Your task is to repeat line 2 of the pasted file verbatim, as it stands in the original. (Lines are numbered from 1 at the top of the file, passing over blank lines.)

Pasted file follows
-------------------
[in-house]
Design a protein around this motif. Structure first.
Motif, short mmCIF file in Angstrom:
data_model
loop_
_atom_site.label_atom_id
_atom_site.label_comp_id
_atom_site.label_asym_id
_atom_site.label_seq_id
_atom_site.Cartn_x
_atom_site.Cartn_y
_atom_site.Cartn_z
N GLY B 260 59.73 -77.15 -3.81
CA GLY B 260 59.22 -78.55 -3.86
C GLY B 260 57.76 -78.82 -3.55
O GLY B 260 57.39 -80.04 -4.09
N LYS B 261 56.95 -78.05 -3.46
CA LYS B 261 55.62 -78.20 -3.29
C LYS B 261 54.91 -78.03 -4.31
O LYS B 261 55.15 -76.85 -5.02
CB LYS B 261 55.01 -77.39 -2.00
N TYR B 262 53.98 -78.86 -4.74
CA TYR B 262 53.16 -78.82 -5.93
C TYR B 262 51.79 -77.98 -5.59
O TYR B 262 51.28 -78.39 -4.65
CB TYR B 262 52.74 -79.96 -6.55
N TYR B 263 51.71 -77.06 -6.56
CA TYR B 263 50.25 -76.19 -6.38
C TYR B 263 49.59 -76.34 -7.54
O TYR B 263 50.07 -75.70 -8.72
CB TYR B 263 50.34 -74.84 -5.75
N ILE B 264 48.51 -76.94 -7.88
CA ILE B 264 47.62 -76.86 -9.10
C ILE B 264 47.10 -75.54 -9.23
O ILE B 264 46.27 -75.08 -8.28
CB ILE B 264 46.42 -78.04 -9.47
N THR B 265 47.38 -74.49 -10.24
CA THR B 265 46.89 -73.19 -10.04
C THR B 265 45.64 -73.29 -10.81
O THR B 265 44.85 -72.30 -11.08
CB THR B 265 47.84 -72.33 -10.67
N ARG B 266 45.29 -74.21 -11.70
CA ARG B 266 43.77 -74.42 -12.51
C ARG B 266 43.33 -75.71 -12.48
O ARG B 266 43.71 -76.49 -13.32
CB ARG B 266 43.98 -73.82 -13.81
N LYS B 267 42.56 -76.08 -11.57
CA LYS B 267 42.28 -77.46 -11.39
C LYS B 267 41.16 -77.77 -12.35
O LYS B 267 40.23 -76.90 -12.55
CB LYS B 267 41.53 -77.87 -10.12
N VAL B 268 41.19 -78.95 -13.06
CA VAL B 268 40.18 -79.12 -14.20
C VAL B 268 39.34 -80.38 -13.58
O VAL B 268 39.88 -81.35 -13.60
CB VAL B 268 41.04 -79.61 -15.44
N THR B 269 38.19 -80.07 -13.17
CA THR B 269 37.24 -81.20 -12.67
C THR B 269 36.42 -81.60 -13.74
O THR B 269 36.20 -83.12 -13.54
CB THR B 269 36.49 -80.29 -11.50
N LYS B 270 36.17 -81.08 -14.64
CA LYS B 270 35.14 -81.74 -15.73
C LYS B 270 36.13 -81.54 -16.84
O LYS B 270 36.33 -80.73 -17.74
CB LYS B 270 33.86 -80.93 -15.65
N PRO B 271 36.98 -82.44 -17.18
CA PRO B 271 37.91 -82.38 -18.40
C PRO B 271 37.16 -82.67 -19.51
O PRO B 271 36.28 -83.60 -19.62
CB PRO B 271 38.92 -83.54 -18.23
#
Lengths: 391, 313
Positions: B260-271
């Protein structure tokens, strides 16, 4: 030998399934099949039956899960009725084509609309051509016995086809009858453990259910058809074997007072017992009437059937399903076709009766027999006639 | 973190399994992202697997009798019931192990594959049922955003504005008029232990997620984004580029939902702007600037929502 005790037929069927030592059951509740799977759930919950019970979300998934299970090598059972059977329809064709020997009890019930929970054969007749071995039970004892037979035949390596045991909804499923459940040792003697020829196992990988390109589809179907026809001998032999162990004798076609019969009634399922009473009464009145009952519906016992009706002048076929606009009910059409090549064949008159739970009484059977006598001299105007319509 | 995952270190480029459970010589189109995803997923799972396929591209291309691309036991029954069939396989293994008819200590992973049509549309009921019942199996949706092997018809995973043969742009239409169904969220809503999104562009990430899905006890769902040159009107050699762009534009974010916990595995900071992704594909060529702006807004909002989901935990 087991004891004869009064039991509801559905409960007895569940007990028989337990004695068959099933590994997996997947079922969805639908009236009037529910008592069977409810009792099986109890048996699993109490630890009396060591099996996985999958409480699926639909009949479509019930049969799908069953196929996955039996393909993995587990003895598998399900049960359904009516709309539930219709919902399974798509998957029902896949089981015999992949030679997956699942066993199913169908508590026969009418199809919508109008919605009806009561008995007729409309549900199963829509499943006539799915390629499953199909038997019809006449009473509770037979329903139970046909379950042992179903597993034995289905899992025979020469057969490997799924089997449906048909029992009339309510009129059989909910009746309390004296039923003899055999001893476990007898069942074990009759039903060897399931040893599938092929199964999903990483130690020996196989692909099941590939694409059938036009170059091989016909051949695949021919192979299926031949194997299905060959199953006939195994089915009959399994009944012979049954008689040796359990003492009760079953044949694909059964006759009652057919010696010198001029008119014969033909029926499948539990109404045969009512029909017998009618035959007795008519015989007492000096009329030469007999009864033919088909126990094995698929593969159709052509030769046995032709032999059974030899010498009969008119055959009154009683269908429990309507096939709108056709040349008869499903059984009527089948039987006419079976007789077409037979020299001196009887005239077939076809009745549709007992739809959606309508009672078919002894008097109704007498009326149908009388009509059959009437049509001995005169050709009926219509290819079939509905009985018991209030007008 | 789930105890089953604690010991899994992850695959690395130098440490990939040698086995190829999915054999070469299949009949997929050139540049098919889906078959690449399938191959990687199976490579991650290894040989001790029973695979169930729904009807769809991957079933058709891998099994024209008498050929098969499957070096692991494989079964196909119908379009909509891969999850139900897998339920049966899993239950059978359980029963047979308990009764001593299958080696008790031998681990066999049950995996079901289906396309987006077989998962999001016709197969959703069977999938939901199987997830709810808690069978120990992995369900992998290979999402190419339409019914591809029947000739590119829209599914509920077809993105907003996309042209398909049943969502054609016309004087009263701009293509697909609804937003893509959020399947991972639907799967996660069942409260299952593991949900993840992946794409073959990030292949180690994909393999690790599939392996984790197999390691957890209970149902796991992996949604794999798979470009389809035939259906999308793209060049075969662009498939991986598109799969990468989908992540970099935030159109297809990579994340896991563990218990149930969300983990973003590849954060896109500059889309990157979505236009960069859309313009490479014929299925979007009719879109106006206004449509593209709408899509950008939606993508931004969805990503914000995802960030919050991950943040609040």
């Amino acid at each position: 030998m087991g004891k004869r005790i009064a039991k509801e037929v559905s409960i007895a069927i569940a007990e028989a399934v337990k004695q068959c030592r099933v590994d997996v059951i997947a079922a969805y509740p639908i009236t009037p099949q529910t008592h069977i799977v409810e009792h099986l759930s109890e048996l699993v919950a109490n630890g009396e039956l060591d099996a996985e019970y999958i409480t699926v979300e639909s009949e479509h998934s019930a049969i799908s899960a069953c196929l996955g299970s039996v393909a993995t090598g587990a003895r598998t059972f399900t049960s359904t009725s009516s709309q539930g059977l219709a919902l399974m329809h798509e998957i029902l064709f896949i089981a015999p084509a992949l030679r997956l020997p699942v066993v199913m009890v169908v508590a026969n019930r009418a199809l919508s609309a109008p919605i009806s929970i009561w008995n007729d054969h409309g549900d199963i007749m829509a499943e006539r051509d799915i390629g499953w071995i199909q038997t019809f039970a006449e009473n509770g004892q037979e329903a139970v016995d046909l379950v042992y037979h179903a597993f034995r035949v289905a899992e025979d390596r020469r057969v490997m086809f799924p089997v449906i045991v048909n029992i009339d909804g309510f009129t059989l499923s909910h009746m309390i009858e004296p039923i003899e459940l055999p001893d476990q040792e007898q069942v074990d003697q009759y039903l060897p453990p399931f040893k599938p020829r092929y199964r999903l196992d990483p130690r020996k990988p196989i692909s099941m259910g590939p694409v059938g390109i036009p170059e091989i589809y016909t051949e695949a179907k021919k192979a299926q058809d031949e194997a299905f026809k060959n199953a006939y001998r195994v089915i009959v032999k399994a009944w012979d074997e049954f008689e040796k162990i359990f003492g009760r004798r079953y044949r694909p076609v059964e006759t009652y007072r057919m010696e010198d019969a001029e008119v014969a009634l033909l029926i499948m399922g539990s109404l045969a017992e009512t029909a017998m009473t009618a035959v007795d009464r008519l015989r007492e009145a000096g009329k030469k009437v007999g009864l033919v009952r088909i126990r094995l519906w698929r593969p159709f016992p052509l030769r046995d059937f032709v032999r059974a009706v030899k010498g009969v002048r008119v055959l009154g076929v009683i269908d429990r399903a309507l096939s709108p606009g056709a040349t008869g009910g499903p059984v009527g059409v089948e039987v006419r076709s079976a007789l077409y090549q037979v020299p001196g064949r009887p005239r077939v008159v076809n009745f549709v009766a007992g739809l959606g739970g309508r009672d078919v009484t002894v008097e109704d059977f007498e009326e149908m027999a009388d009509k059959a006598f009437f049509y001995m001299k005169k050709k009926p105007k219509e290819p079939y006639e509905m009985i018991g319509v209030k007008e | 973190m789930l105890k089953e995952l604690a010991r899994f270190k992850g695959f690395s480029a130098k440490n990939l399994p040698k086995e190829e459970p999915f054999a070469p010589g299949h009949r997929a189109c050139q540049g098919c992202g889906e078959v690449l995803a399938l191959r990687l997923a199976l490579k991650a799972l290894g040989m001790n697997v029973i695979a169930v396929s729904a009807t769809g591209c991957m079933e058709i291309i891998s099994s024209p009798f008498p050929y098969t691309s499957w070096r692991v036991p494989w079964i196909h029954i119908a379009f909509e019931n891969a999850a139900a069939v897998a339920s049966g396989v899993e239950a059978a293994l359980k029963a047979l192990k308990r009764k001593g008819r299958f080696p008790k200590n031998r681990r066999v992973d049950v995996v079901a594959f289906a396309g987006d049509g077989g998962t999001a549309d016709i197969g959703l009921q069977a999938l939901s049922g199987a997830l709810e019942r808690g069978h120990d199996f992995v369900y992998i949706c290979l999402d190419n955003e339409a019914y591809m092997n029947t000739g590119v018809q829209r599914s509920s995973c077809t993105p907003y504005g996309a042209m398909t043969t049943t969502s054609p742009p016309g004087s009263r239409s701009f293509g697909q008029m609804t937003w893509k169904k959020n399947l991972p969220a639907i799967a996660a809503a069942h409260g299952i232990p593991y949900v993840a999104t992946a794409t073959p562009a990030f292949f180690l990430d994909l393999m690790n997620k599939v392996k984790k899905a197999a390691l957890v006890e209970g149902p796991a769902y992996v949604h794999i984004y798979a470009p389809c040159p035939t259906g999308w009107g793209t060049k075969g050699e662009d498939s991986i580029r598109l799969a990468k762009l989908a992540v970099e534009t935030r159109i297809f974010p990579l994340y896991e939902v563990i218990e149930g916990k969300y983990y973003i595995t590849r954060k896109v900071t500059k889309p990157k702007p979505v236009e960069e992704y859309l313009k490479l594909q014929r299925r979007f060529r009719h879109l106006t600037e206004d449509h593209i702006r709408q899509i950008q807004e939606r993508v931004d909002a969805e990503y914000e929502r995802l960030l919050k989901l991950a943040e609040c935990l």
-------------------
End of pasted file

Design a protein around this motif. Structure first.